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  • Writer's pictureKaren Divya Shekar

Cheating Hurts: Qualitative Proof That Mankind Is Monogamous

No matter how low moral standards slip, cheating will always deeply hurt the betrayed partner.

Originally designed by God to promote intimacy, security, and companionship, as well as a rearing pen for the next generation, the traditional marriage is dissolving at the more or less the same rate as glaciers.

Among the reasonable causes for the demise of a marriage, nestled somewhere between domestic abuse and incompatibility, lies infidelity, a rather deceitful and cunning mechanism employed by one or both of the partners.

Adultery takes place when a person, already in a committed monogamous relationship with one partner, decides for reasons Darwinian or Freudian or otherwise, to indulge in a sexual or emotional entanglement with a third person.

This entanglement is carried out in secrecy until brought to light and is denied vehemently in the aftermath.

What follows is a gut-wrenching, soul-searing, mind-numbing, and heart-rendering realisation that one hasn’t been thought worthy of fidelity or love.

All the hopes and dreams one has placed on the partner now come crashing down.

We all feel betrayal the same way.

We haven’t as yet developed the carapace required to deal with the pain that’s inevitable in these situations.

Yet, behind all the confusion, the screaming, the tears and the hurt, there’s still that single syllable question that needs to be answered:

Why?

Why did you cheat on me?

Till this day we remain baffled as to why people cheat.

There is, of course, no scientific explanation as yet, and any such explanation would no doubt fail to satisfy questions running in the mind of the betrayed spouse or partner.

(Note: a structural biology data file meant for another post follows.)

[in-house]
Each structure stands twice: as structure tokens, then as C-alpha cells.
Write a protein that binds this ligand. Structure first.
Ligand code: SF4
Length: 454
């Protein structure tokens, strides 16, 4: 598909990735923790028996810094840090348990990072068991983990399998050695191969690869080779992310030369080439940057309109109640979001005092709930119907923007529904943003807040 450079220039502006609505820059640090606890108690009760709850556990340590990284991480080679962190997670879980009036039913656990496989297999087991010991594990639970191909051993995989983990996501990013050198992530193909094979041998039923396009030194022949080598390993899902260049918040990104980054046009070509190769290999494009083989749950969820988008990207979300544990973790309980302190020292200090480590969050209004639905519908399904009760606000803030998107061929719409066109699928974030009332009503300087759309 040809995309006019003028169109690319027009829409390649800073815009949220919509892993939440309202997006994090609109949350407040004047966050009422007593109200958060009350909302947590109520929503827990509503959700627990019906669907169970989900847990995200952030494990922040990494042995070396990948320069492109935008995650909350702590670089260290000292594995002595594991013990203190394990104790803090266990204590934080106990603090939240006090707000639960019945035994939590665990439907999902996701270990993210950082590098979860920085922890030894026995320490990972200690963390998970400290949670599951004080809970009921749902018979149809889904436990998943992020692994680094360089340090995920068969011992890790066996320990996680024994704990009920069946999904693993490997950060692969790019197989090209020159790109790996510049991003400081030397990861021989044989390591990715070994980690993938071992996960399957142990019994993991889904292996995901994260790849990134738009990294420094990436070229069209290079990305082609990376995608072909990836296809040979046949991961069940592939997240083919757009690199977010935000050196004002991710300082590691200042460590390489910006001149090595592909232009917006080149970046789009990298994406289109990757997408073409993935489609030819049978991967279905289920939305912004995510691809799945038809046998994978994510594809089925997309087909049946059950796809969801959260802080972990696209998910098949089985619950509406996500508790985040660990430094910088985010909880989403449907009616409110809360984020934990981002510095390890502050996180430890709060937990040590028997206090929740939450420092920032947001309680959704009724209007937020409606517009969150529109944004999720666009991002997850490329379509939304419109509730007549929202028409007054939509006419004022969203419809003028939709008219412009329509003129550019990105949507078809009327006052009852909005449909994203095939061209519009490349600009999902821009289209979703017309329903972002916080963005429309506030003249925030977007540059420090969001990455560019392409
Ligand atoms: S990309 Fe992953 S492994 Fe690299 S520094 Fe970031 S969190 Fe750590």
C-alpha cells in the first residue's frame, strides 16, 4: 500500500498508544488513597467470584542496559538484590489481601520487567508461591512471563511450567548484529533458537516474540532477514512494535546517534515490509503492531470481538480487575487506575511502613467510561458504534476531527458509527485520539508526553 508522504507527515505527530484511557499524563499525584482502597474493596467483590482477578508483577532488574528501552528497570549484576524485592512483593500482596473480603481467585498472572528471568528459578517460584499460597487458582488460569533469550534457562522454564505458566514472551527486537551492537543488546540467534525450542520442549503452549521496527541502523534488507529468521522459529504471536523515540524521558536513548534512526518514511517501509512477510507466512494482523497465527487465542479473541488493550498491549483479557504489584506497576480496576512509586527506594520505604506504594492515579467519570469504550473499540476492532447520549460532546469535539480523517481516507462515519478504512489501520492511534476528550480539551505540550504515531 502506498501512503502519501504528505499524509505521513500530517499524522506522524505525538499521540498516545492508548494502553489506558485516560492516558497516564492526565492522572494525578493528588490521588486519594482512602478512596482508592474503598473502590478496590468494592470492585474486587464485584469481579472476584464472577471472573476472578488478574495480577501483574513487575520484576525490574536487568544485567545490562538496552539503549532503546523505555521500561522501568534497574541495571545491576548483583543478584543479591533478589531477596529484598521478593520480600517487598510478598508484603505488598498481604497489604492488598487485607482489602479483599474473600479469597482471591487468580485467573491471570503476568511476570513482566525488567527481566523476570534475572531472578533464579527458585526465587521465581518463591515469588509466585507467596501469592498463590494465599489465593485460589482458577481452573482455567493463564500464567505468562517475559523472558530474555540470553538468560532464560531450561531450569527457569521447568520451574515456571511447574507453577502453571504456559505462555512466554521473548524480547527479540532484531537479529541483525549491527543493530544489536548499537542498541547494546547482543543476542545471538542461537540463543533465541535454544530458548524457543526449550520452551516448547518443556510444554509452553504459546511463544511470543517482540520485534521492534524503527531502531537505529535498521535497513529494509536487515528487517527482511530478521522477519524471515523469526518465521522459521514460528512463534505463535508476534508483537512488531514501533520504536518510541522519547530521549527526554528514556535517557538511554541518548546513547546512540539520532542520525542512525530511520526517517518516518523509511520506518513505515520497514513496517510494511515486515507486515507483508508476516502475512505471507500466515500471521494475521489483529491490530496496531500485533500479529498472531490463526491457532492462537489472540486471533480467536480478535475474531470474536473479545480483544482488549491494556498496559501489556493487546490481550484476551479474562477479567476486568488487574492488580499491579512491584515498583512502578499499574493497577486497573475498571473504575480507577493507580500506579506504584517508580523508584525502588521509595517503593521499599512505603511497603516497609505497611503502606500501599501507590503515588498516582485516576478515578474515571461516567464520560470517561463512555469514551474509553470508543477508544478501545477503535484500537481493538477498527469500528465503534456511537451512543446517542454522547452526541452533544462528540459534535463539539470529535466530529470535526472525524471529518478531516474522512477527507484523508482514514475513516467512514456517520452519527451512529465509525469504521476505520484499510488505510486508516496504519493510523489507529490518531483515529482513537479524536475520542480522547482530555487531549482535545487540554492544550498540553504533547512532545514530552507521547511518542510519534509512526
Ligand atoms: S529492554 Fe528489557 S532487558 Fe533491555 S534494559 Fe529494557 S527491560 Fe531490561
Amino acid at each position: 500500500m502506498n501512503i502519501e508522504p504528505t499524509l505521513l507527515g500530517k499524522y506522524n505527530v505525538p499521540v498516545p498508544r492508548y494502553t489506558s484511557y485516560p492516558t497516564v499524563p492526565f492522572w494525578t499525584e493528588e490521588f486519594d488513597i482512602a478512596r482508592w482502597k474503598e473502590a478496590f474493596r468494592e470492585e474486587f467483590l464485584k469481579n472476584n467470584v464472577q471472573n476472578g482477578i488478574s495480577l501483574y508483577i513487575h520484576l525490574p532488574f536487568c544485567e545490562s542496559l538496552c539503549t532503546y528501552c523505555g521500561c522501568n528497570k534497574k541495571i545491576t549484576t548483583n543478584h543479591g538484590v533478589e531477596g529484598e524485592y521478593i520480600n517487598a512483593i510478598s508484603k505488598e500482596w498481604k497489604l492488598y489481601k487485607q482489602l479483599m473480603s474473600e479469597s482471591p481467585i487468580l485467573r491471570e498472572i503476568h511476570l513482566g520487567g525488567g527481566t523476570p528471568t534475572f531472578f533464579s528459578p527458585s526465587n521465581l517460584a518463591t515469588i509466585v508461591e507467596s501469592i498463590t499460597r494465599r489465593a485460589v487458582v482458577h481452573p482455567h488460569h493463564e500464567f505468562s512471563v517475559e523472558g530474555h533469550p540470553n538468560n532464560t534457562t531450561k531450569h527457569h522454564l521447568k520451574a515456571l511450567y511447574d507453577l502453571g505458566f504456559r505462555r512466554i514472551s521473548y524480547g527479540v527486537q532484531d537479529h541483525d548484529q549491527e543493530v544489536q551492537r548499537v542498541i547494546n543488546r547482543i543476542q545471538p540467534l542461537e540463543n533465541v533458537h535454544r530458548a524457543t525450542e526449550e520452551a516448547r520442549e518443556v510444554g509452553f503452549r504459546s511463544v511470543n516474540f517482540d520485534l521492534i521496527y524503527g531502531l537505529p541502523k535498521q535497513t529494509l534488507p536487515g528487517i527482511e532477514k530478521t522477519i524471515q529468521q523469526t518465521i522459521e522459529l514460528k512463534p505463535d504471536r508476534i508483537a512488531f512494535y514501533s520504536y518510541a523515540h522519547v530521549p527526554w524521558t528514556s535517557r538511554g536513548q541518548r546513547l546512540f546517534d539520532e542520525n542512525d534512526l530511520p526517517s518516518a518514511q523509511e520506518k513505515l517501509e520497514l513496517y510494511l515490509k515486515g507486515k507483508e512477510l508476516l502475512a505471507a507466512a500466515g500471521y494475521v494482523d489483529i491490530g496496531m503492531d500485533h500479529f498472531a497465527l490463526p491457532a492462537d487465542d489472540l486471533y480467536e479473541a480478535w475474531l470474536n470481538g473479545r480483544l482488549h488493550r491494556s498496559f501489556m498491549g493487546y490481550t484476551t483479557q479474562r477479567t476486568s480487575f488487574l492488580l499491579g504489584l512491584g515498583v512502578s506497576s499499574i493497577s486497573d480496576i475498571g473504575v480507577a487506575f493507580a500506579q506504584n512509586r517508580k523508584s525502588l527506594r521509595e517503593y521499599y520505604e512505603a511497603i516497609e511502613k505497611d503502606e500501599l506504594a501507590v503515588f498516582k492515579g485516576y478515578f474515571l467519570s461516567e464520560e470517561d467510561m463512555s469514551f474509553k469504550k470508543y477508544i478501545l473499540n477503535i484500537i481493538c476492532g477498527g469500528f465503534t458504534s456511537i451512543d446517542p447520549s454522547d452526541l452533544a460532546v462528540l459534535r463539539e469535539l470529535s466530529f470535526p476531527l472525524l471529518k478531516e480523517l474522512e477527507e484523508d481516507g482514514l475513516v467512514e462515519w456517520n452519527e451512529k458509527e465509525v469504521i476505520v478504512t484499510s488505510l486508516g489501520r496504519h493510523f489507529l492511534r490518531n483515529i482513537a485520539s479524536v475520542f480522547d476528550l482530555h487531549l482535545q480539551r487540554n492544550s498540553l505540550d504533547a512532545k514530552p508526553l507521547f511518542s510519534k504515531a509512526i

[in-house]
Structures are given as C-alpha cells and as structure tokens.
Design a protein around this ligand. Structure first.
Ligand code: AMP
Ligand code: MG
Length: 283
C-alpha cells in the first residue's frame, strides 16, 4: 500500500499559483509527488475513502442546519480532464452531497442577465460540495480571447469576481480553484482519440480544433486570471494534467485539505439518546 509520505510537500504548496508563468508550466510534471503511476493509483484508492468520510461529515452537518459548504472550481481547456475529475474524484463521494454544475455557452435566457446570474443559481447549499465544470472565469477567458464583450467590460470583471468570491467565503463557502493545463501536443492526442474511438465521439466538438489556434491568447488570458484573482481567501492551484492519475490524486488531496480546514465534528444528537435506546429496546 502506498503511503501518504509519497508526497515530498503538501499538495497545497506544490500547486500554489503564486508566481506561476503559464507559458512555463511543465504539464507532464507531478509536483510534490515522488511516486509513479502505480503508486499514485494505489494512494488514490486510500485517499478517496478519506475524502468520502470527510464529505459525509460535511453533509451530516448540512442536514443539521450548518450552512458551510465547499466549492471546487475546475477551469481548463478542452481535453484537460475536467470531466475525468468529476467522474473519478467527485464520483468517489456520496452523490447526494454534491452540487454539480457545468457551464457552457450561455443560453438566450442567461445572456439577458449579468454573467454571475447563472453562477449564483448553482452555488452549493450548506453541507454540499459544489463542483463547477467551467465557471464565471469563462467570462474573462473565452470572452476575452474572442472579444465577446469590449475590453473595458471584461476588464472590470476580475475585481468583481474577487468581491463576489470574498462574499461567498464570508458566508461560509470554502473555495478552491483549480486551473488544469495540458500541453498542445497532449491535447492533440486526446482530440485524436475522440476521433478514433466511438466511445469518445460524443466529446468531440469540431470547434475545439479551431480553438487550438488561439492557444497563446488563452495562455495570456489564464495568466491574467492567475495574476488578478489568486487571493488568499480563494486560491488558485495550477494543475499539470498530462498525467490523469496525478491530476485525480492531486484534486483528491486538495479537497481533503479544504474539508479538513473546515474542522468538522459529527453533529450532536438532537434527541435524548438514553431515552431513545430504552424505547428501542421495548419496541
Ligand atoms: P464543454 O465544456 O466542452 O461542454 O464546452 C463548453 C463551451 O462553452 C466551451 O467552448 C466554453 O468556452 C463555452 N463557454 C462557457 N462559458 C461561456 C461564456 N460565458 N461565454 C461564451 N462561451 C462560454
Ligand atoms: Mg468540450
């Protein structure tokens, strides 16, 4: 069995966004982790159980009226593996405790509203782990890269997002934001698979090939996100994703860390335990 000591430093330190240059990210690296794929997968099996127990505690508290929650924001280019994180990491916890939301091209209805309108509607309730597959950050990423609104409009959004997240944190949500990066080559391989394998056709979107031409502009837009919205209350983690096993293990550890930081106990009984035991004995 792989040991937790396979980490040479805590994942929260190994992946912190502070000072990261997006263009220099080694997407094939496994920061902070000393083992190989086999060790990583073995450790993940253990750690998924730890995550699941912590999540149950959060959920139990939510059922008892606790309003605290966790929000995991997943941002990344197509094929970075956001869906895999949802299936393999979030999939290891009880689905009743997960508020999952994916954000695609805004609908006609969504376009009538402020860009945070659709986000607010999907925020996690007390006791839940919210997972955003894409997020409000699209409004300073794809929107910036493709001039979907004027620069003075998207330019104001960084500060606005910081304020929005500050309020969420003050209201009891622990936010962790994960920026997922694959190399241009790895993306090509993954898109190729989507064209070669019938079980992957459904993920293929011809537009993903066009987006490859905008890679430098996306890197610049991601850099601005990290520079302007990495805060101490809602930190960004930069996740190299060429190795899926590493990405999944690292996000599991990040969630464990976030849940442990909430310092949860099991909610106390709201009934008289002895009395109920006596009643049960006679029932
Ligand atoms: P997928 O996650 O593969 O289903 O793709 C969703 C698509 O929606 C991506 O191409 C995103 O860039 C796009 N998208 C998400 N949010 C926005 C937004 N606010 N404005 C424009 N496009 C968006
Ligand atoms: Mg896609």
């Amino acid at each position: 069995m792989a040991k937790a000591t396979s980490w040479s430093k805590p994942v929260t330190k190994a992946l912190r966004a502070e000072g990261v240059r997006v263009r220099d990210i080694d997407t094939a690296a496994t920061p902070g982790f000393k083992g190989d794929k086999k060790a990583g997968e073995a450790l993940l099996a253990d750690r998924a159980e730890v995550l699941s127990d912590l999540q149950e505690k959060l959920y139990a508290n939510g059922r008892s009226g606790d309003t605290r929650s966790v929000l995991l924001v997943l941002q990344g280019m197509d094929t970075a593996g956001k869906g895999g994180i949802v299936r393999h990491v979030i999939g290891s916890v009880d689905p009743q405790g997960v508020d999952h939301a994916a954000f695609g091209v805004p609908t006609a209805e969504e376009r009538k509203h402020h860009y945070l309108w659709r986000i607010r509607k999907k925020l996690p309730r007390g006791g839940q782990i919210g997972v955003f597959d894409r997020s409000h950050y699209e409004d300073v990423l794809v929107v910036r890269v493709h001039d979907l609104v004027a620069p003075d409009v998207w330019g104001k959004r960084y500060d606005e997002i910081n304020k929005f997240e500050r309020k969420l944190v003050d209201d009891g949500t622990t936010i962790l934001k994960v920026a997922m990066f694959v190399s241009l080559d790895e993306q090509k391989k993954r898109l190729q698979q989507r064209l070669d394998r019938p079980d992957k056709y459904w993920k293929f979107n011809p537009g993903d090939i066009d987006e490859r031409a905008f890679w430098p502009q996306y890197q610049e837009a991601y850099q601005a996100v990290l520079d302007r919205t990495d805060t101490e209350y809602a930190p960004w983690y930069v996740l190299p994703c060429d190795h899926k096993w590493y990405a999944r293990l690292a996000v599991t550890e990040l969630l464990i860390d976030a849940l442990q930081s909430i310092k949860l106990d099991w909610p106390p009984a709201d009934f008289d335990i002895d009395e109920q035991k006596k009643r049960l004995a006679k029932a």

Photo by <a href="https://unsplash.com/@rominahmadpour?utm_source=unsplash&utm_medium=referral&utm_content=creditCopyText">Romina Ahmadpour</a> on <a href="https://unsplash.com/photos/HwjSCdC4H2Y?utm_source=unsplash&utm_medium=referral&utm_content=creditCopyText">Unsplash</a>
Photo by Romina Ahmadpour on Unsplash

No partner wants to hear the statistics on the prevalence of cheating or any new-fangled theory which suggests that unfaithfulness can be good for a relationship.

They aren’t interested in forgiveness. They just want to know how could their “forever” and “constant” be anything but.

Cheating shatters the very foundation of connubial relationships.

Few relationships can tide past an episode of unfaithfulness. Those that do, seldom have the former levels of intimacy or trust. Faith once broken stays broken forever.

The point I am trying to make here is that if being cheated on hurts so badly, even in the 21st century, we haven’t “evolved” as a species to accept a third person in a close committed relationship such as marriage.

It’s almost as if we instinctively rebel against sharing our “constant” or “forever” with another person.

In fact, we spend our teenage years, 20s, and 30s, dreaming of finding “the one”, never of “the ones”.

We inherently crave monogamous loving relationships that will last a lifetime.

The fact that being cheated on hurts like hell is qualitative proof that as human beings we are in fact “one woman” men and “one man” women. Cease the trash talk about us being polygamous primates.

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